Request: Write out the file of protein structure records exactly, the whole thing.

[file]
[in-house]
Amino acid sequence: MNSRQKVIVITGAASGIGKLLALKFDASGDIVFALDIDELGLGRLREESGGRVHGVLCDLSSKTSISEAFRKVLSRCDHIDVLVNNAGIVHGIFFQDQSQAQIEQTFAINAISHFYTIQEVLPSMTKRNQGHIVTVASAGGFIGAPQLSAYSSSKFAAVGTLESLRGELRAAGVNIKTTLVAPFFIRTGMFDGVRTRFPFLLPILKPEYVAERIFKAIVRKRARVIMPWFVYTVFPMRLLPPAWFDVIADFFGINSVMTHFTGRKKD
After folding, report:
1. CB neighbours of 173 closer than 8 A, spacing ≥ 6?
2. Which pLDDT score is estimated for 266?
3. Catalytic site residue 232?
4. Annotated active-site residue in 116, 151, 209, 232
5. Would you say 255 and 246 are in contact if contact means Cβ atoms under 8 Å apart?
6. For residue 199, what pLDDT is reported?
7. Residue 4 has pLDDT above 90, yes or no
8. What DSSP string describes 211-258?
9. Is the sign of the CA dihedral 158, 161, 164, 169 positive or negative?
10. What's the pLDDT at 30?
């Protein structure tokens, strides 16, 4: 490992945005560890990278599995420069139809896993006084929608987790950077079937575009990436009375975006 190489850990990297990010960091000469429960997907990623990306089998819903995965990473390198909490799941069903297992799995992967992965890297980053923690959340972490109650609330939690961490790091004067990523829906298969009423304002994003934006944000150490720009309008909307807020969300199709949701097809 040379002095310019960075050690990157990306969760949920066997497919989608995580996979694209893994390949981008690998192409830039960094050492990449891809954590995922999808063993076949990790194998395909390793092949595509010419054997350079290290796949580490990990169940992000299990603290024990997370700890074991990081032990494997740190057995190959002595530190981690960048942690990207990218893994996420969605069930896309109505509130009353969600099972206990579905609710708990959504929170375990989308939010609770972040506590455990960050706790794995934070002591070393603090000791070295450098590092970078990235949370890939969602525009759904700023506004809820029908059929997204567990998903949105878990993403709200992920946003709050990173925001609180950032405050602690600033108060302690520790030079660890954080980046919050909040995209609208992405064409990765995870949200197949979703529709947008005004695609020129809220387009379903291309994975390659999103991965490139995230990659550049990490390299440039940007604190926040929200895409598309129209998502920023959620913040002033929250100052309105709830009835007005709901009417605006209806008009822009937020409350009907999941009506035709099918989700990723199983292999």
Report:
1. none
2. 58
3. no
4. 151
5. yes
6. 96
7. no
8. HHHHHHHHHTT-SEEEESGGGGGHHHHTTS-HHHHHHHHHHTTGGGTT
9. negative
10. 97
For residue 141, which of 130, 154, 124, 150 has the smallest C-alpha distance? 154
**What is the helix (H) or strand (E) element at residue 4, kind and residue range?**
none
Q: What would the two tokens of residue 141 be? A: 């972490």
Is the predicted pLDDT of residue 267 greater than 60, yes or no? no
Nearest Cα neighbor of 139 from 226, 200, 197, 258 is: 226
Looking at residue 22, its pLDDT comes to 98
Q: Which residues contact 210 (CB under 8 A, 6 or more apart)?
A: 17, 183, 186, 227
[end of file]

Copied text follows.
[in-house]
Amino acid sequence: MNSRQKVIVITGAASGIGKLLALKFDASGDIVFALDIDELGLGRLREESGGRVHGVLCDLSSKTSISEAFRKVLSRCDHIDVLVNNAGIVHGIFFQDQSQAQIEQTFAINAISHFYTIQEVLPSMTKRNQGHIVTVASAGGFIGAPQLSAYSSSKFAAVGTLESLRGELRAAGVNIKTTLVAPFFIRTGMFDGVRTRFPFLLPILKPEYVAERIFKAIVRKRARVIMPWFVYTVFPMRLLPPAWFDVIADFFGINSVMTHFTGRKKD
After folding, report:
1. CB neighbours of 173 closer than 8 A, spacing ≥ 6?
2. Which pLDDT score is estimated for 266?
3. Catalytic site residue 232?
4. Annotated active-site residue in 116, 151, 209, 232
5. Would you say 255 and 246 are in contact if contact means Cβ atoms under 8 Å apart?
6. For residue 199, what pLDDT is reported?
7. Residue 4 has pLDDT above 90, yes or no
8. What DSSP string describes 211-258?
9. Is the sign of the CA dihedral 158, 161, 164, 169 positive or negative?
10. What's the pLDDT at 30?
């Protein structure tokens, strides 16, 4: 490992945005560890990278599995420069139809896993006084929608987790950077079937575009990436009375975006 190489850990990297990010960091000469429960997907990623990306089998819903995965990473390198909490799941069903297992799995992967992965890297980053923690959340972490109650609330939690961490790091004067990523829906298969009423304002994003934006944000150490720009309008909307807020969300199709949701097809 040379002095310019960075050690990157990306969760949920066997497919989608995580996979694209893994390949981008690998192409830039960094050492990449891809954590995922999808063993076949990790194998395909390793092949595509010419054997350079290290796949580490990990169940992000299990603290024990997370700890074991990081032990494997740190057995190959002595530190981690960048942690990207990218893994996420969605069930896309109505509130009353969600099972206990579905609710708990959504929170375990989308939010609770972040506590455990960050706790794995934070002591070393603090000791070295450098590092970078990235949370890939969602525009759904700023506004809820029908059929997204567990998903949105878990993403709200992920946003709050990173925001609180950032405050602690600033108060302690520790030079660890954080980046919050909040995209609208992405064409990765995870949200197949979703529709947008005004695609020129809220387009379903291309994975390659999103991965490139995230990659550049990490390299440039940007604190926040929200895409598309129209998502920023959620913040002033929250100052309105709830009835007005709901009417605006209806008009822009937020409350009907999941009506035709099918989700990723199983292999």
Report:
1. none
2. 58
3. no
4. 151
5. yes
6. 96
7. no
8. HHHHHHHHHTT-SEEEESGGGGGHHHHTTS-HHHHHHHHHHTTGGGTT
9. negative
10. 97
For residue 141, which of 130, 154, 124, 150 has the smallest C-alpha distance? 154
**What is the helix (H) or strand (E) element at residue 4, kind and residue range?**
none
Q: What would the two tokens of residue 141 be? A: 């972490």
Is the predicted pLDDT of residue 267 greater than 60, yes or no? no
Nearest Cα neighbor of 139 from 226, 200, 197, 258 is: 226
Looking at residue 22, its pLDDT comes to 98
Q: Which residues contact 210 (CB under 8 A, 6 or more apart)?
A: 17, 183, 186, 227